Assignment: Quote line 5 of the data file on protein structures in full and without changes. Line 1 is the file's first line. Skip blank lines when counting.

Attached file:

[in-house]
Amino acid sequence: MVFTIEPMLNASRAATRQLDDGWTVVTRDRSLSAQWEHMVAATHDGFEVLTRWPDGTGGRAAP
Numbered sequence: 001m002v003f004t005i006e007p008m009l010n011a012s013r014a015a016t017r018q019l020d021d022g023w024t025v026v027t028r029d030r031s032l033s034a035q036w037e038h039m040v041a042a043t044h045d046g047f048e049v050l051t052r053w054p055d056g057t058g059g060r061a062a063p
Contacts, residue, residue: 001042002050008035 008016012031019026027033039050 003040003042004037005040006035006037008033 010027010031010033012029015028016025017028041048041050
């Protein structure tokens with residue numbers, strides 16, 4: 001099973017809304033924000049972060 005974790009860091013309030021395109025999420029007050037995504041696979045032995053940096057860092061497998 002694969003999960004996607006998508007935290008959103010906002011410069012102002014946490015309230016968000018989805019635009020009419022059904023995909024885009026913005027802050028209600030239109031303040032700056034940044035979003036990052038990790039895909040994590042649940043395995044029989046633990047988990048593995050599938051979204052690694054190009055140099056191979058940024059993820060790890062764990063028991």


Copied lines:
């Protein structure tokens with residue numbers, strides 16, 4: 001099973017809304033924000049972060 005974790009860091013309030021395109025999420029007050037995504041696979045032995053940096057860092061497998 002694969003999960004996607006998508007935290008959103010906002011410069012102002014946490015309230016968000018989805019635009020009419022059904023995909024885009026913005027802050028209600030239109031303040032700056034940044035979003036990052038990790039895909040994590042649940043395995044029989046633990047988990048593995050599938051979204052690694054190009055140099056191979058940024059993820060790890062764990063028991």